A trust is essentially a device under which a settlor (person creating the trust) provides assets to trustees to hold and manage for the benefit of certain named beneficiary or class of beneficiaries. The trust concept is regularly found in common law jurisdictions and others influenced by English law. For the most part trusts are not recognized in civil law jurisdictions except when in close proximity to common law jurisdictions, i.e. Louisiana. Still further, a few jurisdictions have developed approaches to deal with trusts such as becoming a party to the Hague Convention on Law Applicable to Trusts and on their Recognition.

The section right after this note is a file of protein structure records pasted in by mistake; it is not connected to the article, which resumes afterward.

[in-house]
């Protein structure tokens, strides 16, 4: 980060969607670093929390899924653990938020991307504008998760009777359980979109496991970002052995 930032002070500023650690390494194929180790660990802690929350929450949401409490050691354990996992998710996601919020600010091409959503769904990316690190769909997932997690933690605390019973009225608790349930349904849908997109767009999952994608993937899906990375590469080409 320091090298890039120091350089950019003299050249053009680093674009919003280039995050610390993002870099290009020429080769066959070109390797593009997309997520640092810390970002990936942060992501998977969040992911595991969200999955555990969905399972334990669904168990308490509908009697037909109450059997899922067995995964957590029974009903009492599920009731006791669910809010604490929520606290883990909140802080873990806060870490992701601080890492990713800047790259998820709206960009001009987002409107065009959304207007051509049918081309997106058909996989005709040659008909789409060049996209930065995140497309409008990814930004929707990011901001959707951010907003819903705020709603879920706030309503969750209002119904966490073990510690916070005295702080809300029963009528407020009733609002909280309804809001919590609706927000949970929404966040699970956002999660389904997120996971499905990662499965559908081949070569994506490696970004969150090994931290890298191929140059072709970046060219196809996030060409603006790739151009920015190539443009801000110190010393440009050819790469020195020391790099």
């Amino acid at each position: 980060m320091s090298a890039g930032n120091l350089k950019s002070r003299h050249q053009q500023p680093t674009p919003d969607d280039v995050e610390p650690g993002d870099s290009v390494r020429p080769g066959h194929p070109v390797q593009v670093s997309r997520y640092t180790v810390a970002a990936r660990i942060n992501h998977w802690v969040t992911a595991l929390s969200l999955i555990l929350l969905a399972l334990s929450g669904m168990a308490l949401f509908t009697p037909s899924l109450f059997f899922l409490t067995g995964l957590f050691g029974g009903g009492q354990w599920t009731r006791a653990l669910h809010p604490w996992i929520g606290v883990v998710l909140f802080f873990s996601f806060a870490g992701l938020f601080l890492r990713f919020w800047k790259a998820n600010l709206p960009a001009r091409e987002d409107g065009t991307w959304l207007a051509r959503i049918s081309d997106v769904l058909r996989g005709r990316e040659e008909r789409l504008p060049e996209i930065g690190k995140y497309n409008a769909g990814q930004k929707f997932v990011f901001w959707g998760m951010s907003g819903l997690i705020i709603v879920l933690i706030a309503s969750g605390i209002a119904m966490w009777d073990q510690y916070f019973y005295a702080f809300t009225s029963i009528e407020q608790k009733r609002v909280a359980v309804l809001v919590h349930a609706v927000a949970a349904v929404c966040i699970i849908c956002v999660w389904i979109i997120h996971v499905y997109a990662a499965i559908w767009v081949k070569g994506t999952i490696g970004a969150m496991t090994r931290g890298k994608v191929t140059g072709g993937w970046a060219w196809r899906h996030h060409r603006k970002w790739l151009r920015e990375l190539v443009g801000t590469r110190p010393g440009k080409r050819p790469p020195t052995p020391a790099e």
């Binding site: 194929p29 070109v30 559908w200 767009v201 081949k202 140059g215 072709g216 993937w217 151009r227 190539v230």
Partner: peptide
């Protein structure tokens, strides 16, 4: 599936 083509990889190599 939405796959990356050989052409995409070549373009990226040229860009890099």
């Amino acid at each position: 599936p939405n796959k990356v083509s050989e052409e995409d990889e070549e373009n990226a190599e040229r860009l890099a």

To help prevent the use of foreign trusts and other offshore entities for tax avoidance or deferral, Congress enacted several special specific provisions in the Internal Revenue Code. Some provisions trigger recognition of gains that would otherwise be deferred. Others deny deferral of tax on income moved offshore. To comply with the extensive tax and reporting rules dealing with foreign trusts, taxpayers and advisors should understand a few interacting classifications; 1) domestic or foreign, and 2) grantor or non-grantor.
Foreign trust distributions for tax purposes was last modified: April 16th, 2019 by David Klasing